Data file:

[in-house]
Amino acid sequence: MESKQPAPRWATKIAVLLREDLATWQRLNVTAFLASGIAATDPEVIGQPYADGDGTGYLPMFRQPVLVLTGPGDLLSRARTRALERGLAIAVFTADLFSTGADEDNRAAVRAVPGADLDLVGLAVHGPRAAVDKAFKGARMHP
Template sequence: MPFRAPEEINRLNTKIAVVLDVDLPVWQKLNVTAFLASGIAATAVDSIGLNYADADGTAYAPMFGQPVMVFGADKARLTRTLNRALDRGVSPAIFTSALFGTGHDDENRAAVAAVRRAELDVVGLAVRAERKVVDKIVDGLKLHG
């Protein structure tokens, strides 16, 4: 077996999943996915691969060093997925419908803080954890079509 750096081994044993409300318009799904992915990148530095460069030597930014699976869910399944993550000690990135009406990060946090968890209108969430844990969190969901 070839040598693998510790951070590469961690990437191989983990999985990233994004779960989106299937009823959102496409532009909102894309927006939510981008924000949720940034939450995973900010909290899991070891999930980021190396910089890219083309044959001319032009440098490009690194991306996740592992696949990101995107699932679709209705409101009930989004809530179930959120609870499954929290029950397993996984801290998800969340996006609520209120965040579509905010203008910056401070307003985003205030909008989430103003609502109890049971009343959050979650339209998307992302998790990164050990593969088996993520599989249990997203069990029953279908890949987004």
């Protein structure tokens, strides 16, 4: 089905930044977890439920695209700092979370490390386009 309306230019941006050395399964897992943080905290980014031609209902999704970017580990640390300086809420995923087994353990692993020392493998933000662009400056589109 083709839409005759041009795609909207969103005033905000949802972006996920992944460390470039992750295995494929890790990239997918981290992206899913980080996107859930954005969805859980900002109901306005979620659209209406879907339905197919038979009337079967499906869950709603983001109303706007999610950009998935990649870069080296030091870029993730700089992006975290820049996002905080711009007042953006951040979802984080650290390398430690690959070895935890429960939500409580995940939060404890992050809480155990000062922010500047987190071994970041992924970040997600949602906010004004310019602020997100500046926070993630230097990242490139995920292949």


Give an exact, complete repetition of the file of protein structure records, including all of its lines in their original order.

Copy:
[in-house]
Amino acid sequence: MESKQPAPRWATKIAVLLREDLATWQRLNVTAFLASGIAATDPEVIGQPYADGDGTGYLPMFRQPVLVLTGPGDLLSRARTRALERGLAIAVFTADLFSTGADEDNRAAVRAVPGADLDLVGLAVHGPRAAVDKAFKGARMHP
Template sequence: MPFRAPEEINRLNTKIAVVLDVDLPVWQKLNVTAFLASGIAATAVDSIGLNYADADGTAYAPMFGQPVMVFGADKARLTRTLNRALDRGVSPAIFTSALFGTGHDDENRAAVAAVRRAELDVVGLAVRAERKVVDKIVDGLKLHG
């Protein structure tokens, strides 16, 4: 077996999943996915691969060093997925419908803080954890079509 750096081994044993409300318009799904992915990148530095460069030597930014699976869910399944993550000690990135009406990060946090968890209108969430844990969190969901 070839040598693998510790951070590469961690990437191989983990999985990233994004779960989106299937009823959102496409532009909102894309927006939510981008924000949720940034939450995973900010909290899991070891999930980021190396910089890219083309044959001319032009440098490009690194991306996740592992696949990101995107699932679709209705409101009930989004809530179930959120609870499954929290029950397993996984801290998800969340996006609520209120965040579509905010203008910056401070307003985003205030909008989430103003609502109890049971009343959050979650339209998307992302998790990164050990593969088996993520599989249990997203069990029953279908890949987004």
């Protein structure tokens, strides 16, 4: 089905930044977890439920695209700092979370490390386009 309306230019941006050395399964897992943080905290980014031609209902999704970017580990640390300086809420995923087994353990692993020392493998933000662009400056589109 083709839409005759041009795609909207969103005033905000949802972006996920992944460390470039992750295995494929890790990239997918981290992206899913980080996107859930954005969805859980900002109901306005979620659209209406879907339905197919038979009337079967499906869950709603983001109303706007999610950009998935990649870069080296030091870029993730700089992006975290820049996002905080711009007042953006951040979802984080650290390398430690690959070895935890429960939500409580995940939060404890992050809480155990000062922010500047987190071994970041992924970040997600949602906010004004310019602020997100500046926070993630230097990242490139995920292949």